Prepared Floor Remarks by U.S. Senator Chuck Grassley of Iowa
Chairman, Senate Finance Committee
Tuesday, November 12, 2019
Today, I am here to discuss the critical need to protect American businesses and consumers from the dangers of counterfeits, particularly counterfeit goods sold online.
Counterfeits do incredible damage to our country’s economic competitiveness.
They harm intellectual property right holders and the reputation of online marketplaces, undermine the integrity of our supply chains and even threaten the health and safety of consumers.
It is Congress’s responsibility to use its oversight and legislative authority to identify ways to prevent these illicit goods from entering our borders.
Over the past year, I have worked with Ranking Member Wyden to investigate how counterfeiters use e-commerce to sell phony goods to consumers.
Last week, we concluded our investigation and issued a report detailing our findings.
Based on the information presented to us by right holders, trade associations, e-commerce platforms and common carriers, we made five findings and identified two legislative recommendations for Congress.
I believe these recommendations will enhance existing efforts within the federal government to prevent the sale of counterfeits online.
I will talk briefly about our findings today, and I look forward to working with all my colleagues, both Republican and Democrat, to identify additional areas for congressional action.
As Chairman of the Senate Finance Committee, I recognize the value of intellectual property rights and their impact on society and the economy.
Intellectual property rights allow businesses to generate new ideas and develop creative solutions to everyday problems that can make our lives healthier, safer and more productive.
I also understand businesses and innovators rely on those rights to help drive and recoup their investment.
In my home state of Iowa, intellectual property represents more than $14.4 billion in annual exports for the state, more than 94 thousand jobs and supports more than 2,000 small businesses with less than 500 employees.
However, counterfeits are increasingly threatening these achievements and the hard-work of our innovators.
It has been estimated that international trade for counterfeit goods in 2016 accounted for $509 billion of world trade.
Counterfeits are found in both physical and online market places, and almost every industry is affected.
Scam artists target electronics, automotive parts and even children’s toys, to rip-off consumers and make a profit.
Counterfeits can also harm consumers.
Many consumers do not know that counterfeits can be dangerous and that some have been found to contain lead, excessive small parts and even unsafe chemicals.
In 2018, the Government Accountability Office (GAO) examined how e-commerce marketplaces are further enabling the sale of counterfeits.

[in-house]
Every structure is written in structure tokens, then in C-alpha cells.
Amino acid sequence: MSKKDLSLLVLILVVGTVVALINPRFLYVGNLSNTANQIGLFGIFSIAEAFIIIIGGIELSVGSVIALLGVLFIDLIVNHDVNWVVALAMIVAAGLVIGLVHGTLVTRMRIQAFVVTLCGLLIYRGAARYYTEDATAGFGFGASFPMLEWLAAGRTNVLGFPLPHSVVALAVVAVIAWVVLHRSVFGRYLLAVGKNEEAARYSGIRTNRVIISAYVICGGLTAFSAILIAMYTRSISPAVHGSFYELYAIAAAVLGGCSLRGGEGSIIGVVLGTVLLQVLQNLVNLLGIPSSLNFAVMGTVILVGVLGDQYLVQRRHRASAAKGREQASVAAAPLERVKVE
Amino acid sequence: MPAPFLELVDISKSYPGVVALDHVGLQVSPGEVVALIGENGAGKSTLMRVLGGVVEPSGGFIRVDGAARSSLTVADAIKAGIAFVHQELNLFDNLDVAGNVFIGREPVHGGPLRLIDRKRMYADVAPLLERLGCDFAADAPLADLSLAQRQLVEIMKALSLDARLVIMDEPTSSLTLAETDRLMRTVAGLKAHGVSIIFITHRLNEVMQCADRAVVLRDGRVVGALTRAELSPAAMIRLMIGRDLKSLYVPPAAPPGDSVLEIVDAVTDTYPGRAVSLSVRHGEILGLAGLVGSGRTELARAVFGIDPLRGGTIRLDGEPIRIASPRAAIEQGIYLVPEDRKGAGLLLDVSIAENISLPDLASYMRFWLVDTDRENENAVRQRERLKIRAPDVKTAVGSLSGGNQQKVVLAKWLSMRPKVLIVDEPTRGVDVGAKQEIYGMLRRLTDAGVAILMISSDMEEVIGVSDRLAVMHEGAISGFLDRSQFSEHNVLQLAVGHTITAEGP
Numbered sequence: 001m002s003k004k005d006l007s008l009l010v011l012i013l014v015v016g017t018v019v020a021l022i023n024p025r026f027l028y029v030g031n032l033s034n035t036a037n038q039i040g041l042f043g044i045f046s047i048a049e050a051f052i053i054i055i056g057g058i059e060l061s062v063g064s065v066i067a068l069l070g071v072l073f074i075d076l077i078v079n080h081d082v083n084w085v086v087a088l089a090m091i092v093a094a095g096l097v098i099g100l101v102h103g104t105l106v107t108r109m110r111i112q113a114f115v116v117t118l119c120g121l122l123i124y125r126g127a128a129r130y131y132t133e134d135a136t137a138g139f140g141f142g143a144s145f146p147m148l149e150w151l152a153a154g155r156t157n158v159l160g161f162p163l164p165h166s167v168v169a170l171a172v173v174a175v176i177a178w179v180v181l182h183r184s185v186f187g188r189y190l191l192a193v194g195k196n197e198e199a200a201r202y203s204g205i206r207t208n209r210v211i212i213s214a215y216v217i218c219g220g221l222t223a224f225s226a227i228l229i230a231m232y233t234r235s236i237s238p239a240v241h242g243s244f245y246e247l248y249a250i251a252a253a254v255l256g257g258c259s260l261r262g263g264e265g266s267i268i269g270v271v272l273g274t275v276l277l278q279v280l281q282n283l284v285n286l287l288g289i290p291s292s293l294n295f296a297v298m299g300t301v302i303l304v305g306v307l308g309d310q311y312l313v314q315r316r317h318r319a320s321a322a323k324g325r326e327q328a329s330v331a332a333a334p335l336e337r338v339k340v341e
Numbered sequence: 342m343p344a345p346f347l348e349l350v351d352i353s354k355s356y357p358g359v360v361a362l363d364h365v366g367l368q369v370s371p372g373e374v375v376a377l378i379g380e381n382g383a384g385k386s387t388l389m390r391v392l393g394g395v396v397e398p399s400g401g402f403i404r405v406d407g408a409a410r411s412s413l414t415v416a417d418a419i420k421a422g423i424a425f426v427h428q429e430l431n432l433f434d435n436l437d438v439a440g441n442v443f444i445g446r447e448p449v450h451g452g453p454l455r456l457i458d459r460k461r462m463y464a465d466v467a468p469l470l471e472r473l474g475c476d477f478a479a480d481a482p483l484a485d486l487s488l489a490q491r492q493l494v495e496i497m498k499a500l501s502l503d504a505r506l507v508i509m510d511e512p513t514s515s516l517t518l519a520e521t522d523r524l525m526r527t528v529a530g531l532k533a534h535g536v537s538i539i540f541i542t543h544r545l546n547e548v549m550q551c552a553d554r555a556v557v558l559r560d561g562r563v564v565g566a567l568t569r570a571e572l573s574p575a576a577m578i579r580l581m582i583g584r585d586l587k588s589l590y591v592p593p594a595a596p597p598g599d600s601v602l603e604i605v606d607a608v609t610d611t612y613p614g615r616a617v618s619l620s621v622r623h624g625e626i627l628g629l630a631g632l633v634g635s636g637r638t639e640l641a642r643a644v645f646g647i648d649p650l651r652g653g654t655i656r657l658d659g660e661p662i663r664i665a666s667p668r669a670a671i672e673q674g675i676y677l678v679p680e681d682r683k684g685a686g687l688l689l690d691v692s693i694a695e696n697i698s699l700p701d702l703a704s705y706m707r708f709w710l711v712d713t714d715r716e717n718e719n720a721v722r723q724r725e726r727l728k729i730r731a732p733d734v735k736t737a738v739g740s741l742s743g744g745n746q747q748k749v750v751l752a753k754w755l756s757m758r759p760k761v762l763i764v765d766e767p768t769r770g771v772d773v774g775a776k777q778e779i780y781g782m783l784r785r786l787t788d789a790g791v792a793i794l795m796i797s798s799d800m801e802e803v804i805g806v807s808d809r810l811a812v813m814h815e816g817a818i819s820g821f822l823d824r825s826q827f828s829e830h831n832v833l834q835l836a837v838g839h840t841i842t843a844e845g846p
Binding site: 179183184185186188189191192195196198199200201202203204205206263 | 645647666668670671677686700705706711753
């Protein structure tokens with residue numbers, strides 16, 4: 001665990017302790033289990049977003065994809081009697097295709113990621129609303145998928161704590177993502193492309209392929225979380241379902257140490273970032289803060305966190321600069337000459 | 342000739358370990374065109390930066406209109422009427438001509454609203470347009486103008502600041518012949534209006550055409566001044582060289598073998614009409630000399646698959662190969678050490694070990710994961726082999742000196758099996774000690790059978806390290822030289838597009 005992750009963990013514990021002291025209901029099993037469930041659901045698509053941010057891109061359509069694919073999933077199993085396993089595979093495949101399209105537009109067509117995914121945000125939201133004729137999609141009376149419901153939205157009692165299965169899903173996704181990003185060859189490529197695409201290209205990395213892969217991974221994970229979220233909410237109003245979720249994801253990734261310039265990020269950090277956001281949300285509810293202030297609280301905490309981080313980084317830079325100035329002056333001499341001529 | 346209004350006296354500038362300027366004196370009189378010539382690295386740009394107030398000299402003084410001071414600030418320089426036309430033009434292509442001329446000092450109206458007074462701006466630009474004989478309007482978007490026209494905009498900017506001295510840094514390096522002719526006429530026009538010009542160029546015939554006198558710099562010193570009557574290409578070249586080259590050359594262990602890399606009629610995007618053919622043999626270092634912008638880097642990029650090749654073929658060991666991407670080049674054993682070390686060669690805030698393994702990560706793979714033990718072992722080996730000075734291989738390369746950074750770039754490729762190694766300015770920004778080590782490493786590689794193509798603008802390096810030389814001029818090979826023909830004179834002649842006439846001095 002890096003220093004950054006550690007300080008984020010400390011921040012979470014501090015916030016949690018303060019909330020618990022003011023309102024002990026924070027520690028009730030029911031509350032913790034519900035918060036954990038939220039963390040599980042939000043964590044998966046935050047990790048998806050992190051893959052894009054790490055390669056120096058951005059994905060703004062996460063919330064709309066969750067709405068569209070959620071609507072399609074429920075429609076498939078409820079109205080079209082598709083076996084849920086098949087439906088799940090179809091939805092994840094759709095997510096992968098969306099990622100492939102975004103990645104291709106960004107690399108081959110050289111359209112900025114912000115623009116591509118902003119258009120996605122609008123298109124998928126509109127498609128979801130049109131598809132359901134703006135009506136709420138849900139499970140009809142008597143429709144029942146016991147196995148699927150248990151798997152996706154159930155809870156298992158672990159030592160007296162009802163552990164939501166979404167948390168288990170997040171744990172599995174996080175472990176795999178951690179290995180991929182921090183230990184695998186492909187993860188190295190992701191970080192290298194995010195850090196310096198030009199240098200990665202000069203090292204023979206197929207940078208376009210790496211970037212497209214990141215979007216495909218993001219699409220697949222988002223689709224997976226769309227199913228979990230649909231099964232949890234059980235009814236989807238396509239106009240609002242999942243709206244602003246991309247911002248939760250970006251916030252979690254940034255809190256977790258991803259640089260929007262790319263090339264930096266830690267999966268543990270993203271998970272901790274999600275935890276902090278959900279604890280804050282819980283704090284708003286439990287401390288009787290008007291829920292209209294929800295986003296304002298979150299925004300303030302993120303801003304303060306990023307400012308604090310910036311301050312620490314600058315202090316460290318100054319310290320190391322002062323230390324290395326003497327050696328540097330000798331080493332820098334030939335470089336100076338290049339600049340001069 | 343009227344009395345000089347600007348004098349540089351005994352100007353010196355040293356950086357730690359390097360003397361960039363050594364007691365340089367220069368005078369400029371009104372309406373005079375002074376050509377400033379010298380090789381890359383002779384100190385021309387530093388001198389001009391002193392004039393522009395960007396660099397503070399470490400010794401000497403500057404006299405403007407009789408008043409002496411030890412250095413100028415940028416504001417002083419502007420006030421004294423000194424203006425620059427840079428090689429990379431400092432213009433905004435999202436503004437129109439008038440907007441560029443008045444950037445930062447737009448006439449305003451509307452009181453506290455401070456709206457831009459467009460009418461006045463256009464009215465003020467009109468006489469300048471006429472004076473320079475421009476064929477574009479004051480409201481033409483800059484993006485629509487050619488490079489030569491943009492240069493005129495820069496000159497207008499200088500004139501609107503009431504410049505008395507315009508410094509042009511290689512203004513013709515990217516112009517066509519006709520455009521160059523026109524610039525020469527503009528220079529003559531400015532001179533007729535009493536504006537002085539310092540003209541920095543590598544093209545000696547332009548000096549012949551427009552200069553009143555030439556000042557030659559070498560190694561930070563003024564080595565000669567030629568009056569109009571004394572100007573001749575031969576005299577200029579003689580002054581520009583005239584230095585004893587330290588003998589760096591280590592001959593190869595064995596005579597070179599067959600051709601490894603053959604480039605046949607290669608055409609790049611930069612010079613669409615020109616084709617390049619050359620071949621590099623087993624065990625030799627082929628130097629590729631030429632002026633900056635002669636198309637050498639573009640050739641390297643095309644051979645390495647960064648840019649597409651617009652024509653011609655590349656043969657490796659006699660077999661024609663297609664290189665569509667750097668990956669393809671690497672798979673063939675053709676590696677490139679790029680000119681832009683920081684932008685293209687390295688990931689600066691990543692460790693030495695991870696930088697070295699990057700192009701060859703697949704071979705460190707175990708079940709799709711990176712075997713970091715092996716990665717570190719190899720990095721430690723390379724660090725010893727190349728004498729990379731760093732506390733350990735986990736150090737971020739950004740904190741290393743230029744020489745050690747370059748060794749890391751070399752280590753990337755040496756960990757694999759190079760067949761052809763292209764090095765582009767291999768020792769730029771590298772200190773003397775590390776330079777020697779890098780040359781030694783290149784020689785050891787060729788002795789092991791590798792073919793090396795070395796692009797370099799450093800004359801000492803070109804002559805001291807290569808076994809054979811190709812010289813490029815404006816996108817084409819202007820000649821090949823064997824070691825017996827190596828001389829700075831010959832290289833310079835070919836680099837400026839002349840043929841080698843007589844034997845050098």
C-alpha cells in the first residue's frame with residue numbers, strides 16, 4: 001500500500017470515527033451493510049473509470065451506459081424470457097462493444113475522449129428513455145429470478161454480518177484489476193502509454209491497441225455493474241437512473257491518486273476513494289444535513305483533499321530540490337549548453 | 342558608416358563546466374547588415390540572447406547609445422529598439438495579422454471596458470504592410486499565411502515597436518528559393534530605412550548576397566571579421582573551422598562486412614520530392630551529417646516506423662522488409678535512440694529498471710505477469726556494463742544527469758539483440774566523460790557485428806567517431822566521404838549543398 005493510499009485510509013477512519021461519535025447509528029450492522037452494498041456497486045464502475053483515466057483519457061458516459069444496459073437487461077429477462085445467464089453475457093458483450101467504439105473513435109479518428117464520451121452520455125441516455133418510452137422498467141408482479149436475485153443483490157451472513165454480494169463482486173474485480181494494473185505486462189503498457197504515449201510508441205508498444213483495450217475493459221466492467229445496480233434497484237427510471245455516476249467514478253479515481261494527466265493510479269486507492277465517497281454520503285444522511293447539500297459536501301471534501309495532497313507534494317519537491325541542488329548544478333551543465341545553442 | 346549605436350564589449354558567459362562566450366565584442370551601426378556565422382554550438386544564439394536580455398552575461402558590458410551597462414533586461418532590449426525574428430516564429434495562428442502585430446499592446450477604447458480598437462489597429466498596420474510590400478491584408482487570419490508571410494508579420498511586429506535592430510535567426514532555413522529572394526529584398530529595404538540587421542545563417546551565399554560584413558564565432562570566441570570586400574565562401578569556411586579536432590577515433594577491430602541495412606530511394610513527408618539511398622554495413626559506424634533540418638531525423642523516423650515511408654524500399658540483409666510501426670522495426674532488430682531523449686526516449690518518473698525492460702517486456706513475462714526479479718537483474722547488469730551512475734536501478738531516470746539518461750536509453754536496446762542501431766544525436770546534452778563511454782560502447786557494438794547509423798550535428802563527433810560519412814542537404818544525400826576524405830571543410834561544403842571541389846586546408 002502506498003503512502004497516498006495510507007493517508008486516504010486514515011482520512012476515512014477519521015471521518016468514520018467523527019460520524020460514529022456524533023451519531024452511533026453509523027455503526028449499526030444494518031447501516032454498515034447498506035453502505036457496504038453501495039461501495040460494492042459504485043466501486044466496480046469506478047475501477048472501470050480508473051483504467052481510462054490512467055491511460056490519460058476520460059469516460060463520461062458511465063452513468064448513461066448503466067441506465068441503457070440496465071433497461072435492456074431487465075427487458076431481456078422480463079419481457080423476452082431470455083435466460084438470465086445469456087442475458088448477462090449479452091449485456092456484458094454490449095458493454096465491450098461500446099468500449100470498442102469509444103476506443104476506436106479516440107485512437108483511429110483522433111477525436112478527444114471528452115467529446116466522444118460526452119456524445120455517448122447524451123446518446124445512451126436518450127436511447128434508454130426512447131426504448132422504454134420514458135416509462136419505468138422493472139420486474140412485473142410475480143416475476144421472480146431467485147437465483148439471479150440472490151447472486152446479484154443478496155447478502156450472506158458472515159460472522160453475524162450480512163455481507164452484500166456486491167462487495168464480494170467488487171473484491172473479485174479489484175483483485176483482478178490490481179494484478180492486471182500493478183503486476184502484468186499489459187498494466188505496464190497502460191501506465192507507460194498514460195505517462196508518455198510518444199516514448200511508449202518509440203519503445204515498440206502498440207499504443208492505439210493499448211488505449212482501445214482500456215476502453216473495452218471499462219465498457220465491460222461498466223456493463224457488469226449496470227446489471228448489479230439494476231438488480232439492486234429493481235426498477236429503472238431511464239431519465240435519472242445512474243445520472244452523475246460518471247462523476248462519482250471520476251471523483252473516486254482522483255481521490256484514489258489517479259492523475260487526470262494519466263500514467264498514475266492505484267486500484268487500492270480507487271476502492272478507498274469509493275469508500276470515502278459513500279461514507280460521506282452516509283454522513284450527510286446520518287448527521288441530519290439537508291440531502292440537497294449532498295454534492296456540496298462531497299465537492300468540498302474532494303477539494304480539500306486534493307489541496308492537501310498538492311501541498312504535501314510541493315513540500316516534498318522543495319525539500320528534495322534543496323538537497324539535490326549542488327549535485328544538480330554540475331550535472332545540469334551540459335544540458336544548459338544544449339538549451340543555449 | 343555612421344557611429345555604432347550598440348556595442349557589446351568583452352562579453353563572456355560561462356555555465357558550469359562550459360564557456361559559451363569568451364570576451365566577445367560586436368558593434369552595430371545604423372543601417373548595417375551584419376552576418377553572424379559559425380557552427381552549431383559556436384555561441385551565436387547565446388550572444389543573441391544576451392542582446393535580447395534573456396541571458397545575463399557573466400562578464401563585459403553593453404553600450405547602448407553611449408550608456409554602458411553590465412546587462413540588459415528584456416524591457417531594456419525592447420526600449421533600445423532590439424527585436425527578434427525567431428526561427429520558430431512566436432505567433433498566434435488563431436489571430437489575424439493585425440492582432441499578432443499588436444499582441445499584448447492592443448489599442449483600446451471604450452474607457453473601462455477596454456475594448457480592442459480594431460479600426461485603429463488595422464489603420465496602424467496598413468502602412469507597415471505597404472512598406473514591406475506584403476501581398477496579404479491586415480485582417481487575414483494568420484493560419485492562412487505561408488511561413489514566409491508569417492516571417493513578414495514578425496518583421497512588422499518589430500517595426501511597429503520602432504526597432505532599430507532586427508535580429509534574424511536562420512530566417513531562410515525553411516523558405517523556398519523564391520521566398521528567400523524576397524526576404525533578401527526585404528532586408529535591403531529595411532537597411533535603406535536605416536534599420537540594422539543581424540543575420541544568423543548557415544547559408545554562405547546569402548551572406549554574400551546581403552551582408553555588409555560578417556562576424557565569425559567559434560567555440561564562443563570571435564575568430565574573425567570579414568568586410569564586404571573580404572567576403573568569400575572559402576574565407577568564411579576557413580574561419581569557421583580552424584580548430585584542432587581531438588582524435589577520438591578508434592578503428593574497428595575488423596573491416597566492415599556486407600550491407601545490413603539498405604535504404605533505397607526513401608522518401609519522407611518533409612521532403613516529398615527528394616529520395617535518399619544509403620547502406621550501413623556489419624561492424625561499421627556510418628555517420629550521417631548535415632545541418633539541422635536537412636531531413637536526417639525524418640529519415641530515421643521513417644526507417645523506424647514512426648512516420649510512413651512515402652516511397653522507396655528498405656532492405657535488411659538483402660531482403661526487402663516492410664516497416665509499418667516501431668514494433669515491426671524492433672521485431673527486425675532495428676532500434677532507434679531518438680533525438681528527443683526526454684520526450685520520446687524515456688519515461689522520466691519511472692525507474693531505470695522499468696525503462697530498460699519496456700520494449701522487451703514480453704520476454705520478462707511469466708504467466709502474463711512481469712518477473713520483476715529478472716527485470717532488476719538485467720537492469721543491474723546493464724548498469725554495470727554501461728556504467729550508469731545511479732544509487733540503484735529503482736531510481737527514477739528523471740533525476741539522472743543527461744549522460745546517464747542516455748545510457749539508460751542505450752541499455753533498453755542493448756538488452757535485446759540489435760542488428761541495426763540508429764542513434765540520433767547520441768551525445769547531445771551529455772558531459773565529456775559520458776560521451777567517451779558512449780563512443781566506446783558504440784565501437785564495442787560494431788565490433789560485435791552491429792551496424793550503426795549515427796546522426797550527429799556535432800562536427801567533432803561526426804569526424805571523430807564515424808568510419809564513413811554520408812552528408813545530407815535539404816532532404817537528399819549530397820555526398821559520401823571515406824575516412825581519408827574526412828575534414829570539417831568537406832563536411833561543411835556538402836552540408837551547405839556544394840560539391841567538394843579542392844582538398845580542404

GAO found that counterfeiters use online marketplaces to sell fakes to consumers because they can hide their identity by using false or incomplete names.
Counterfeiters also post legitimate photos or fake reviews for their products, which makes it harder for consumers to determine whether they are buying a legitimate or fake good.
Our investigation showed that the breadth and variety of goods sold online makes it nearly impossible to prevent the sale of all counterfeits.
Right holders also told us that their enforcement efforts are hindered in part because U.S. Customs and Border Protection shares very limited – and often heavily redacted – importation information with them.
But right holders need importation information to identify counterfeit sellers and report suspected counterfeit listings.
Counterfeits also pose a threat to e-commerce and to common carriers.
Counterfeits smear the reputation of e-commerce and threaten the integrity of a common carrier’s supply chain network.
As such, these parties are critical partners in the fight against the sale of counterfeit goods.
However, CBP does not have the authority to share importation information with these parties when it identifies a counterfeit at our border.
During our investigation, these parties told us that this information would give them the ability to better protect our country’s intellectual property and would allow them to remove more counterfeit listings and block counterfeit sellers.
We must look at this problem holistically, and with the understanding that right holders, e-commerce platforms and common carriers are critical partners in the fight against the sale of counterfeit goods online.
By sharing more importation information, these parties can better protect the intellectual property rights of our innovators as well as the health and safety of e-commerce consumers.
Our investigation is but a first step.
I will continue to use my oversight authority to look for innovative solutions to protect intellectual property right holders and consumers from the negative effects of counterfeits.